Makalali is in Limpopo’s lowveld less than an hour’s drive west of Hoedspruit. It’s a 25,000ha conservation area created by seven private landowners, and hosts a number of lodges and camps used for guide training and game viewing. When Siyafunda started operating trails in late 2020 it became another name on the growing list of reserves offering walks in an area already boasting Africa’s highest density of walking safaris.

Siyafunda is an initiative of a small group of enthusiastic professional guides. The name means “To Learn and To Teach” in Zulu, and this tells us about their main focus – the business is not so much about photographic safaris, but more geared to involving conservation-minded visitors in practical work as part of a stay. Siyafunda guests can volunteer to get hands on, helping to monitor wildlife via camera traps, and work on habitat rehabilitation such as erosion control, construction of rock gabions, brush-packing and re-seeding. The bush-volunteering aspect is not compulsory of course, and visitors can simply come to enjoy a few days of wilderness immersion on the trails.

Walk durations are tailored to the group wishes and conditions, and a vehicle is available to vary the start locations. The minimum group size is four, and maximum is eight.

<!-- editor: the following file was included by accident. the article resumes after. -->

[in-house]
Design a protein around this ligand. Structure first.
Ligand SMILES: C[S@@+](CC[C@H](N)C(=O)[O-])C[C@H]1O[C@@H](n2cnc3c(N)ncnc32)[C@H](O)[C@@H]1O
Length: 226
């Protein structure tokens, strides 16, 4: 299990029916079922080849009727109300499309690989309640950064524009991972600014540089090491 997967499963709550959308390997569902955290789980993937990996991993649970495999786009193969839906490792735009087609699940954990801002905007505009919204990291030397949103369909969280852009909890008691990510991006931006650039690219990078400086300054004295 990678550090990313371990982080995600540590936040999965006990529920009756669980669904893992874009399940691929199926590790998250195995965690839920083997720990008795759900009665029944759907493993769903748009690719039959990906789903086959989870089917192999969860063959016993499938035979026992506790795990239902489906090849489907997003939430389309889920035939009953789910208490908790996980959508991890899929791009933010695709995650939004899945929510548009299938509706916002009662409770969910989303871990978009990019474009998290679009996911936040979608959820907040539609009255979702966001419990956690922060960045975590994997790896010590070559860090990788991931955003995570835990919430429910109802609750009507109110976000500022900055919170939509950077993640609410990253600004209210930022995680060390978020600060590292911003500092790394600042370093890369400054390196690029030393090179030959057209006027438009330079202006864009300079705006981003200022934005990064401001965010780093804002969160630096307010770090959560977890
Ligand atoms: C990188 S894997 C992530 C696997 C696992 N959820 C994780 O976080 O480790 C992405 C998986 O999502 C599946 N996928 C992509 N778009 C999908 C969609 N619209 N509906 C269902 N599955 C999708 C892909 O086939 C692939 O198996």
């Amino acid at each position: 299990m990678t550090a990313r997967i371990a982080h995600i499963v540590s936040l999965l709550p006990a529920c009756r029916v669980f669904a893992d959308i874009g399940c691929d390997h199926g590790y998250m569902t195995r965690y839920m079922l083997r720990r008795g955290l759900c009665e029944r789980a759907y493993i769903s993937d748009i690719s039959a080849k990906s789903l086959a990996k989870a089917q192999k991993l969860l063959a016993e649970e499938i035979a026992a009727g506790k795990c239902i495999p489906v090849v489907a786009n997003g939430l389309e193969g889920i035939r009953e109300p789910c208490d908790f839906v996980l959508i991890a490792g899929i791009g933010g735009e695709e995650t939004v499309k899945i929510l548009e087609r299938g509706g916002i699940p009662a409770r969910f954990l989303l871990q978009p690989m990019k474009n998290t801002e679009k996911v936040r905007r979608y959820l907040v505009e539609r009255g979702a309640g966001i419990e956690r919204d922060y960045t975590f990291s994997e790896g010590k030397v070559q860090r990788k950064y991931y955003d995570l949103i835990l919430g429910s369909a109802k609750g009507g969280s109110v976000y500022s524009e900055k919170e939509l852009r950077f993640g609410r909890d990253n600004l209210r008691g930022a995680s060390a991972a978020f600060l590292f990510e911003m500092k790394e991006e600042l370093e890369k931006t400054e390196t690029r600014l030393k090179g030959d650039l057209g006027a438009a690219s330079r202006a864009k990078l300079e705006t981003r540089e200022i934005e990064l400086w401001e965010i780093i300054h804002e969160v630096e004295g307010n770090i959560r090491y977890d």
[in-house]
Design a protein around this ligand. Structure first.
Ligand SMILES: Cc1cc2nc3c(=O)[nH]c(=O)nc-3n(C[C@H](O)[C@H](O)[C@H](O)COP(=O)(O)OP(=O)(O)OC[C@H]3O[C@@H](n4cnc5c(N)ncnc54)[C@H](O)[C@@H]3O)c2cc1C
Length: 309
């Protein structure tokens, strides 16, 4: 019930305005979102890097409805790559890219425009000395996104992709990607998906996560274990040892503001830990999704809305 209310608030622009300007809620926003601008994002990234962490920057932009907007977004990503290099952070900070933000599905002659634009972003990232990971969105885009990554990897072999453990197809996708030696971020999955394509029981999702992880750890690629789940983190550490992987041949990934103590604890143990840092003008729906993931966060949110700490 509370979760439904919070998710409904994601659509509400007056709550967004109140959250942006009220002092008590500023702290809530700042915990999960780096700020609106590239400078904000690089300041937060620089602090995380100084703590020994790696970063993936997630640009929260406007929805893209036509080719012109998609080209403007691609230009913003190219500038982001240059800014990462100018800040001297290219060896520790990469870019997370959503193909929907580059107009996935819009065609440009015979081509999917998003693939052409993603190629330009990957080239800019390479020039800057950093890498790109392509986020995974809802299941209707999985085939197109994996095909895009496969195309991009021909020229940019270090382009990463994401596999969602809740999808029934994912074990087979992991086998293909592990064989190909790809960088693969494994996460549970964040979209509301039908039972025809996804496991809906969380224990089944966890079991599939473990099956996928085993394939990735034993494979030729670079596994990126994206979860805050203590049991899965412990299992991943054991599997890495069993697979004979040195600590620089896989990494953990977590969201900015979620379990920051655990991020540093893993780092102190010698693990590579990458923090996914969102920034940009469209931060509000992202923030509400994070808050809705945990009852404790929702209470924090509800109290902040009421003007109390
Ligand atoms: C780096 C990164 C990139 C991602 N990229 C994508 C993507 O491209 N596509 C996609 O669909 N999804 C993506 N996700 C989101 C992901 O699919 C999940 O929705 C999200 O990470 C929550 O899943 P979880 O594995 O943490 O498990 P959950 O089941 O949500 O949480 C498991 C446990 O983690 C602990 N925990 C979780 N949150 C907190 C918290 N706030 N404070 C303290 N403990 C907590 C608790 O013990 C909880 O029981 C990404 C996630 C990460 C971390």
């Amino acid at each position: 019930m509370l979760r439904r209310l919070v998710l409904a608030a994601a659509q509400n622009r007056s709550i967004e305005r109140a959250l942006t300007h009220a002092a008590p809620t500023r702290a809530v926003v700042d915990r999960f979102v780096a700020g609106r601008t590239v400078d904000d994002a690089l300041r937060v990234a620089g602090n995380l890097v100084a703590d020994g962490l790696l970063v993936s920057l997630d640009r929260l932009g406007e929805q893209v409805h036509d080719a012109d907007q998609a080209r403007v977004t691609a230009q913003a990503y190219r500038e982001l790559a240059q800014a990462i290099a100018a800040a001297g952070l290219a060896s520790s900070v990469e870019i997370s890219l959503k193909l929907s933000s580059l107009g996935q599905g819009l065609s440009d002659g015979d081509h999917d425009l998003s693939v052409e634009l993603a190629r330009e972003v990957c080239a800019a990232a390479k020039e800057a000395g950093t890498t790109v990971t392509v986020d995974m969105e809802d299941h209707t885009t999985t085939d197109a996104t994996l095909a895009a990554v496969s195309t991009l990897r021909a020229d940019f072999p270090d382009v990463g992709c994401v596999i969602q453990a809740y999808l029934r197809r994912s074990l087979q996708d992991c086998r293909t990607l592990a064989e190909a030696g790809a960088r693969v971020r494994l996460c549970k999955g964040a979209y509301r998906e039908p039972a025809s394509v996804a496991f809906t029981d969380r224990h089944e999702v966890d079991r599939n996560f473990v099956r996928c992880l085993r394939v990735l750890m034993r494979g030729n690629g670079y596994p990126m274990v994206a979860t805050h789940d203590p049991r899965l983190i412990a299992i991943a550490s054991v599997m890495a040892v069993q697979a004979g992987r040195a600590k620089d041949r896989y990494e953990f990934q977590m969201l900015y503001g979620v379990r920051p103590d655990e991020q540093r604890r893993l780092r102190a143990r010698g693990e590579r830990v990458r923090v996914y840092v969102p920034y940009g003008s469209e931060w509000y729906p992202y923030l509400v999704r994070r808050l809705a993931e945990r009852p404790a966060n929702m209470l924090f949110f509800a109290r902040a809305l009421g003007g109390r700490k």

Including the services of two professional guides, rates are R1350 for camp based walks and R1100 for backpacking (each per person, per night). It’s possible to mix and match – stay at the lodge, and head out into the bush for a night to camp or have a sleep-out (minimum age 14). There’s a special rate of R750 pppn to make use of the lodge before or after a trail.

Self-catering provisions can be stocked in Hoedspruit, or if coming from Gauteng, it’s easy to stop at Emalaleni before enjoying the scenic drive north on the R540 via Lydenburg. Watch out for potholes.

For more information and booking: siyafundaconservation.com / Michael Job +27 82 781 8394.